Can you imagine how that moment must have felt: he’s just come back from halfway around the world, trying to get people to listen with open hearts to one another, and can’t reach that objective even among his neighbors and friends. Must have broken his heart...
We’re so focused on where we think others need to grow that we miss the places where light doesn’t shine in our own lives.
It seems like we are at a convergence of world, local, and Biblical points about the way we see one another, and about the way we often refuse to see ourselves.
UCC pastor Kate Huey writes that the most important sentence in this Gospel text may be the simple question, "Simon, do you see this woman?":
“Simon, do you see this woman?" Simon, can you look past your pre-conceptions, your assumptions, your cherished beliefs, your social status, your religious prejudices…and see a child of God? Simon, can you accept the lesson she is teaching you at this very moment? Simon, can you turn off that harsh voice playing in your head, and open your heart to the tenderness of this moment? Simon, can you let grace change your life?
This is just as true for us today. When we look at those we consider "sinners" – those who disagree with us, who read the Bible differently than we do, who disagree with us politically or religiously, who are considered, for one reason or another, our "enemy," can we look past our preconceptions, our assumptions, our cherished beliefs, and see a child of God? Can we let grace change our lives, too?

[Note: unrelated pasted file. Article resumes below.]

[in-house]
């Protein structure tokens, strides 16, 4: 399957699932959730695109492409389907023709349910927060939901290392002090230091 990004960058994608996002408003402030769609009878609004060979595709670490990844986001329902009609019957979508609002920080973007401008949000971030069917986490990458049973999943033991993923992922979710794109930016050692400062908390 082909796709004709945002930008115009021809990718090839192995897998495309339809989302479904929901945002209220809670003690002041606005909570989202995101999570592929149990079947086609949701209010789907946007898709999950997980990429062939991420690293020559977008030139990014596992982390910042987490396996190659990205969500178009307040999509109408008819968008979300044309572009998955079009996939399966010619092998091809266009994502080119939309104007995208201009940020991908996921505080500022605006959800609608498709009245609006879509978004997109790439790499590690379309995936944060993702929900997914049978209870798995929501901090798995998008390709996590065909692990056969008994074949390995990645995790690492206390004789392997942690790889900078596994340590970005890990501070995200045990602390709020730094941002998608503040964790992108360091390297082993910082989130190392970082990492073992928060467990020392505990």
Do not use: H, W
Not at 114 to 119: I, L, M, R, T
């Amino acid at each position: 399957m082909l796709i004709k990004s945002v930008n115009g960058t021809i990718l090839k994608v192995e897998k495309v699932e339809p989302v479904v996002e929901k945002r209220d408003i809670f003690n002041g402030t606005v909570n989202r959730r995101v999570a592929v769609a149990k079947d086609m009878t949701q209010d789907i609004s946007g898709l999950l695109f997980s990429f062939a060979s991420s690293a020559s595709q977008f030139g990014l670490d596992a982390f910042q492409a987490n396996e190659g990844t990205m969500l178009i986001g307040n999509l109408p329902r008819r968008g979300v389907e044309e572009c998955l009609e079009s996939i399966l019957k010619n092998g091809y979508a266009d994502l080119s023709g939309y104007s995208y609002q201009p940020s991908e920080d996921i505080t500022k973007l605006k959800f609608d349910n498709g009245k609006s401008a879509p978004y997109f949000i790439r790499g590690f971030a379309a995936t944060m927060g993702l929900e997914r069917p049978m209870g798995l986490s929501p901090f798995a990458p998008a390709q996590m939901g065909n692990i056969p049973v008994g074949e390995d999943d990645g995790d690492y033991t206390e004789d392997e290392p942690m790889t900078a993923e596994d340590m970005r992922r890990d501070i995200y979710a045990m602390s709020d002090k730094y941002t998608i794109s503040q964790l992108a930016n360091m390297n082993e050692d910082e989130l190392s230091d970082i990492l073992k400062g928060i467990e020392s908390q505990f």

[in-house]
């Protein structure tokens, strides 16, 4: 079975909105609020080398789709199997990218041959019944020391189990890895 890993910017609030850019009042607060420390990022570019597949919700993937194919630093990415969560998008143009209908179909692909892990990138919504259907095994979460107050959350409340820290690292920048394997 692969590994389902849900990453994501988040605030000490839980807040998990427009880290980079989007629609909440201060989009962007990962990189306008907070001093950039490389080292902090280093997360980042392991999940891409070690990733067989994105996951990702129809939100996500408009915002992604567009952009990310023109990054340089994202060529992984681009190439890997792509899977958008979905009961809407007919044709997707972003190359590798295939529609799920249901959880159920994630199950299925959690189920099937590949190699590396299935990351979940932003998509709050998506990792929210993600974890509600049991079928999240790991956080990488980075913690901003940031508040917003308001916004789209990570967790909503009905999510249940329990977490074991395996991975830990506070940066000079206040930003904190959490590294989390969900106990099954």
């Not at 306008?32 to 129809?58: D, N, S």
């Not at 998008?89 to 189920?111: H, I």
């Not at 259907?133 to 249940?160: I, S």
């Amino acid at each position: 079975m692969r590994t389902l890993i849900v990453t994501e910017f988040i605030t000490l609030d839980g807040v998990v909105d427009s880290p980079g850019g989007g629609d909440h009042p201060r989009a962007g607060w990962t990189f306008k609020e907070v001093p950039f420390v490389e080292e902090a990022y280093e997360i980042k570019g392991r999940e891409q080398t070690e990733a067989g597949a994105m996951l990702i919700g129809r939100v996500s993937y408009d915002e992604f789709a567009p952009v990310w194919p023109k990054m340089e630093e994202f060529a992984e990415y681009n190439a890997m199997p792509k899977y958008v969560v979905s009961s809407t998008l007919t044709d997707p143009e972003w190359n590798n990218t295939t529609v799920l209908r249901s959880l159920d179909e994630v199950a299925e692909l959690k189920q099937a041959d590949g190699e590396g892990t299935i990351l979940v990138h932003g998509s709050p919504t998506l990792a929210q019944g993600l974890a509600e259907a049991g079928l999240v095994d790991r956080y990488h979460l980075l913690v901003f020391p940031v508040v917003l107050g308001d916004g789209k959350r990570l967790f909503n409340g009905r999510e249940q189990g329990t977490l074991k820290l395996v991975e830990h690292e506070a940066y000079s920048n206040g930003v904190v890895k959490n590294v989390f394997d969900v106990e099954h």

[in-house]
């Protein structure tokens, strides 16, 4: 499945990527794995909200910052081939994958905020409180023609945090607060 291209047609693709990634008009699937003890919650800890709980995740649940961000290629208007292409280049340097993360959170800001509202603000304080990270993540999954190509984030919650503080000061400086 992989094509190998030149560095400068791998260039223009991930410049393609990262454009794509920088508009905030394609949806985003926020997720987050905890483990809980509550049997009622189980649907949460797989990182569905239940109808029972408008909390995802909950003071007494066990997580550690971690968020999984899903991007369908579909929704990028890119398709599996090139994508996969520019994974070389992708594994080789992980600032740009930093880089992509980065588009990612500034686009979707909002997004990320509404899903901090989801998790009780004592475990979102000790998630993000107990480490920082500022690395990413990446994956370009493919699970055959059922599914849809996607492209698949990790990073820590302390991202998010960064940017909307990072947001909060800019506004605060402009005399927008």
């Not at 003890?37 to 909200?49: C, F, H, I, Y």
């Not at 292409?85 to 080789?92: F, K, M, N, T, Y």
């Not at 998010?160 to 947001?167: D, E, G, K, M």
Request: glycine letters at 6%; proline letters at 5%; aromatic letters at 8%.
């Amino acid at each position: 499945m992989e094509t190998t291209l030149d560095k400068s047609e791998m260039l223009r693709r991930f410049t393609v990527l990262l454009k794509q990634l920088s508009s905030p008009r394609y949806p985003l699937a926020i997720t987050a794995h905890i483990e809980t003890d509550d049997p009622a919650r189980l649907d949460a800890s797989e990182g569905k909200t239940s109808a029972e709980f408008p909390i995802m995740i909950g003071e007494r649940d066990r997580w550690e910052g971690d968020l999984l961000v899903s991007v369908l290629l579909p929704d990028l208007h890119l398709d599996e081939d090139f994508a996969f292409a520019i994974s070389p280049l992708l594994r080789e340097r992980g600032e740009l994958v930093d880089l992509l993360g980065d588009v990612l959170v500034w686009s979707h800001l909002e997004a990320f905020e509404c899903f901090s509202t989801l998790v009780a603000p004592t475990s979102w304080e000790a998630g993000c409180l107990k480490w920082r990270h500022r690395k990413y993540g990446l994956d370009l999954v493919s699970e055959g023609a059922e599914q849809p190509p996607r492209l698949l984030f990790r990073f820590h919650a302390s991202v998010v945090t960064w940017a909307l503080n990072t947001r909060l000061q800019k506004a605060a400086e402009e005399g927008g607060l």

Perhaps that is the key. These people that we read about who open their hearts to Jesus, who see him in truth and accept him: do we doubt that their lives are transformed? The bent-over woman stands up straight, the woman with a hemorrhage is cured, and those who are blind, see.
Those who are blind, see.
Jesus asks us all to open our eyes and see everything with a forgiving heart. Doing so is discovering God’s loving gift of freedom: not only for them, but for us. Jan Holton writes:
A heart that is bound by sin and shame withers and dies, but the love of a forgiving God lifts (the heart) to heights beyond our greatest dreams, and causes it to sing in gratitude.
(Feasting on the Word, Year C, Vol. 3, eds. David Bartlett & Barbara Brown Taylor, 2010, p.144)Amen.